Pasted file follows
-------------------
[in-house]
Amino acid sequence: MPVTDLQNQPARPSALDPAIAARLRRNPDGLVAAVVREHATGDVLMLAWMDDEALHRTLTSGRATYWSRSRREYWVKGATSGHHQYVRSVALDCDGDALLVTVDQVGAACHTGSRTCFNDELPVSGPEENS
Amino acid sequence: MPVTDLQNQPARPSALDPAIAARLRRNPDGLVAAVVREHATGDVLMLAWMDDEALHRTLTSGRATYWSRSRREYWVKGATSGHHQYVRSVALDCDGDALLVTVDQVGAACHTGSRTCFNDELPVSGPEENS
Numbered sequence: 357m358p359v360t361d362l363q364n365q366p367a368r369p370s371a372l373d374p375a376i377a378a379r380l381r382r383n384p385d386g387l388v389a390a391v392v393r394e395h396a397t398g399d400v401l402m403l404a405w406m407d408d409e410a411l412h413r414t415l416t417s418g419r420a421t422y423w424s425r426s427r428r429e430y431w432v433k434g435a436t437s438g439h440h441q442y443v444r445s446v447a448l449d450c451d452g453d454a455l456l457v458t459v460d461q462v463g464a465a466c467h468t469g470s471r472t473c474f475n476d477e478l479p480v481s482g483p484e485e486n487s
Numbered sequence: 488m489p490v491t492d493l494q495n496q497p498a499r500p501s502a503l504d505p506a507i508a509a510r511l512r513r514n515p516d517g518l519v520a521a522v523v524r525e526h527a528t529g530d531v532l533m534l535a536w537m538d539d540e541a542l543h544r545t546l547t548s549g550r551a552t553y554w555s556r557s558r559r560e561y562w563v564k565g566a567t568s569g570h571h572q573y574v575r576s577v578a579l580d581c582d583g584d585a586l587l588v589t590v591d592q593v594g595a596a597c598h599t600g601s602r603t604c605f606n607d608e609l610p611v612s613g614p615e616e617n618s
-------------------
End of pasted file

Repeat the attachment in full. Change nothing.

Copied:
[in-house]
Amino acid sequence: MPVTDLQNQPARPSALDPAIAARLRRNPDGLVAAVVREHATGDVLMLAWMDDEALHRTLTSGRATYWSRSRREYWVKGATSGHHQYVRSVALDCDGDALLVTVDQVGAACHTGSRTCFNDELPVSGPEENS
Amino acid sequence: MPVTDLQNQPARPSALDPAIAARLRRNPDGLVAAVVREHATGDVLMLAWMDDEALHRTLTSGRATYWSRSRREYWVKGATSGHHQYVRSVALDCDGDALLVTVDQVGAACHTGSRTCFNDELPVSGPEENS
Numbered sequence: 357m358p359v360t361d362l363q364n365q366p367a368r369p370s371a372l373d374p375a376i377a378a379r380l381r382r383n384p385d386g387l388v389a390a391v392v393r394e395h396a397t398g399d400v401l402m403l404a405w406m407d408d409e410a411l412h413r414t415l416t417s418g419r420a421t422y423w424s425r426s427r428r429e430y431w432v433k434g435a436t437s438g439h440h441q442y443v444r445s446v447a448l449d450c451d452g453d454a455l456l457v458t459v460d461q462v463g464a465a466c467h468t469g470s471r472t473c474f475n476d477e478l479p480v481s482g483p484e485e486n487s
Numbered sequence: 488m489p490v491t492d493l494q495n496q497p498a499r500p501s502a503l504d505p506a507i508a509a510r511l512r513r514n515p516d517g518l519v520a521a522v523v524r525e526h527a528t529g530d531v532l533m534l535a536w537m538d539d540e541a542l543h544r545t546l547t548s549g550r551a552t553y554w555s556r557s558r559r560e561y562w563v564k565g566a567t568s569g570h571h572q573y574v575r576s577v578a579l580d581c582d583g584d585a586l587l588v589t590v591d592q593v594g595a596a597c598h599t600g601s602r603t604c605f606n607d608e609l610p611v612s613g614p615e616e617n618s